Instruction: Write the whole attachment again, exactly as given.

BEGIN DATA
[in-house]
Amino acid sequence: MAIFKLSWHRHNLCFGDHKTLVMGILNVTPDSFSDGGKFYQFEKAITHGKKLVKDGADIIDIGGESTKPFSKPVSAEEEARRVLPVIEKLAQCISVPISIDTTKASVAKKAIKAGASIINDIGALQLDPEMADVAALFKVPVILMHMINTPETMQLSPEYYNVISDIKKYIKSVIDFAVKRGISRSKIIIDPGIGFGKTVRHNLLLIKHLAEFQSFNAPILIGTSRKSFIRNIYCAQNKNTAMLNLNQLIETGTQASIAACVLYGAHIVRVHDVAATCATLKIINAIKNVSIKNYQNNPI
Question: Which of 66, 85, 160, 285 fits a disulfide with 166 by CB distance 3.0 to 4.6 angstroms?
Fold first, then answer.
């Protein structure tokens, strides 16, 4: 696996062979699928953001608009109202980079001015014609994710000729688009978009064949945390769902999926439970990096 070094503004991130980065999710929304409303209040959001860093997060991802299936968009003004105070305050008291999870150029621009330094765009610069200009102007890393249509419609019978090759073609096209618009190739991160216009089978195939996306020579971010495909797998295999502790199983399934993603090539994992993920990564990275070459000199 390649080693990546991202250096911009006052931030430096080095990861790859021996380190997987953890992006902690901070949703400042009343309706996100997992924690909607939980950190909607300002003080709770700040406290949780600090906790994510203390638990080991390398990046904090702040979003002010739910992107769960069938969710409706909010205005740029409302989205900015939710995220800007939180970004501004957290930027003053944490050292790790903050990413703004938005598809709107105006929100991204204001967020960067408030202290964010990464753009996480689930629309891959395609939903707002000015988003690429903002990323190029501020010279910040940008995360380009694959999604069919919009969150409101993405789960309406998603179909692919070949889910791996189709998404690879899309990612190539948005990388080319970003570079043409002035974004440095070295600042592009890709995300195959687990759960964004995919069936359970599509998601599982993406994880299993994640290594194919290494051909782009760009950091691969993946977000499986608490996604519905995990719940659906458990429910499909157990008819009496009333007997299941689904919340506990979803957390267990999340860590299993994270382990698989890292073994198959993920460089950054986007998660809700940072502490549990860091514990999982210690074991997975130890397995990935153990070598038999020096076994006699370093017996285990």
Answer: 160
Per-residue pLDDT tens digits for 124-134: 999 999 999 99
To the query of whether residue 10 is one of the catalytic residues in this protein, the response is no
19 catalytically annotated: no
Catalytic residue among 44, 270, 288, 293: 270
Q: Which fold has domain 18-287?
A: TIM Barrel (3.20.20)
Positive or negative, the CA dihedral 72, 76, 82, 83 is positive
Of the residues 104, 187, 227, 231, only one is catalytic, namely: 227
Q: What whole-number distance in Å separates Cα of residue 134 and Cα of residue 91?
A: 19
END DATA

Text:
[in-house]
Amino acid sequence: MAIFKLSWHRHNLCFGDHKTLVMGILNVTPDSFSDGGKFYQFEKAITHGKKLVKDGADIIDIGGESTKPFSKPVSAEEEARRVLPVIEKLAQCISVPISIDTTKASVAKKAIKAGASIINDIGALQLDPEMADVAALFKVPVILMHMINTPETMQLSPEYYNVISDIKKYIKSVIDFAVKRGISRSKIIIDPGIGFGKTVRHNLLLIKHLAEFQSFNAPILIGTSRKSFIRNIYCAQNKNTAMLNLNQLIETGTQASIAACVLYGAHIVRVHDVAATCATLKIINAIKNVSIKNYQNNPI
Question: Which of 66, 85, 160, 285 fits a disulfide with 166 by CB distance 3.0 to 4.6 angstroms?
Fold first, then answer.
């Protein structure tokens, strides 16, 4: 696996062979699928953001608009109202980079001015014609994710000729688009978009064949945390769902999926439970990096 070094503004991130980065999710929304409303209040959001860093997060991802299936968009003004105070305050008291999870150029621009330094765009610069200009102007890393249509419609019978090759073609096209618009190739991160216009089978195939996306020579971010495909797998295999502790199983399934993603090539994992993920990564990275070459000199 390649080693990546991202250096911009006052931030430096080095990861790859021996380190997987953890992006902690901070949703400042009343309706996100997992924690909607939980950190909607300002003080709770700040406290949780600090906790994510203390638990080991390398990046904090702040979003002010739910992107769960069938969710409706909010205005740029409302989205900015939710995220800007939180970004501004957290930027003053944490050292790790903050990413703004938005598809709107105006929100991204204001967020960067408030202290964010990464753009996480689930629309891959395609939903707002000015988003690429903002990323190029501020010279910040940008995360380009694959999604069919919009969150409101993405789960309406998603179909692919070949889910791996189709998404690879899309990612190539948005990388080319970003570079043409002035974004440095070295600042592009890709995300195959687990759960964004995919069936359970599509998601599982993406994880299993994640290594194919290494051909782009760009950091691969993946977000499986608490996604519905995990719940659906458990429910499909157990008819009496009333007997299941689904919340506990979803957390267990999340860590299993994270382990698989890292073994198959993920460089950054986007998660809700940072502490549990860091514990999982210690074991997975130890397995990935153990070598038999020096076994006699370093017996285990």
Answer: 160
Per-residue pLDDT tens digits for 124-134: 999 999 999 99
To the query of whether residue 10 is one of the catalytic residues in this protein, the response is no
19 catalytically annotated: no
Catalytic residue among 44, 270, 288, 293: 270
Q: Which fold has domain 18-287?
A: TIM Barrel (3.20.20)
Positive or negative, the CA dihedral 72, 76, 82, 83 is positive
Of the residues 104, 187, 227, 231, only one is catalytic, namely: 227
Q: What whole-number distance in Å separates Cα of residue 134 and Cα of residue 91?
A: 19